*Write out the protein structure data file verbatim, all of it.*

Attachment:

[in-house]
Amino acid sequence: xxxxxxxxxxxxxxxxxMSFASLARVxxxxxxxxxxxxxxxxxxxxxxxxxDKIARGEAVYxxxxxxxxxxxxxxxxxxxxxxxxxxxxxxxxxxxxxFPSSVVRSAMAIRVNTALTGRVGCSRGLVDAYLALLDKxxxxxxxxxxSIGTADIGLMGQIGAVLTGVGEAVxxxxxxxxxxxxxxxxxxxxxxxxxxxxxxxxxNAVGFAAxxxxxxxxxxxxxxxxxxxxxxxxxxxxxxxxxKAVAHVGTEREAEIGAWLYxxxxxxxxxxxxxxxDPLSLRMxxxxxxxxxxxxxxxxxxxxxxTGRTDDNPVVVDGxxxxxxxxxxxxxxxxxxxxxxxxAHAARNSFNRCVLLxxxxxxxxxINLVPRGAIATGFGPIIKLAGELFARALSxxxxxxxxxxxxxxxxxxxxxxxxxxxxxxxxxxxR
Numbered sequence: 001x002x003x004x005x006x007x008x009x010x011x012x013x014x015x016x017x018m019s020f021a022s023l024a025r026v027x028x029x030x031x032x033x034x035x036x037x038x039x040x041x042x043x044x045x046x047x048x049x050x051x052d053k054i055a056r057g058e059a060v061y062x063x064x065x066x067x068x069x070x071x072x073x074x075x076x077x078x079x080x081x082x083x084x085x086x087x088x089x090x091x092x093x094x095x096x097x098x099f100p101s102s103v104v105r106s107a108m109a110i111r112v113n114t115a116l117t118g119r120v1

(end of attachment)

[in-house]
Amino acid sequence: xxxxxxxxxxxxxxxxxMSFASLARVxxxxxxxxxxxxxxxxxxxxxxxxxDKIARGEAVYxxxxxxxxxxxxxxxxxxxxxxxxxxxxxxxxxxxxxFPSSVVRSAMAIRVNTALTGRVGCSRGLVDAYLALLDKxxxxxxxxxxSIGTADIGLMGQIGAVLTGVGEAVxxxxxxxxxxxxxxxxxxxxxxxxxxxxxxxxxNAVGFAAxxxxxxxxxxxxxxxxxxxxxxxxxxxxxxxxxKAVAHVGTEREAEIGAWLYxxxxxxxxxxxxxxxDPLSLRMxxxxxxxxxxxxxxxxxxxxxxTGRTDDNPVVVDGxxxxxxxxxxxxxxxxxxxxxxxxAHAARNSFNRCVLLxxxxxxxxxINLVPRGAIATGFGPIIKLAGELFARALSxxxxxxxxxxxxxxxxxxxxxxxxxxxxxxxxxxxR
Numbered sequence: 001x002x003x004x005x006x007x008x009x010x011x012x013x014x015x016x017x018m019s020f021a022s023l024a025r026v027x028x029x030x031x032x033x034x035x036x037x038x039x040x041x042x043x044x045x046x047x048x049x050x051x052d053k054i055a056r057g058e059a060v061y062x063x064x065x066x067x068x069x070x071x072x073x074x075x076x077x078x079x080x081x082x083x084x085x086x087x088x089x090x091x092x093x094x095x096x097x098x099f100p101s102s103v104v105r106s107a108m109a110i111r112v113n114t115a116l117t118g119r120v1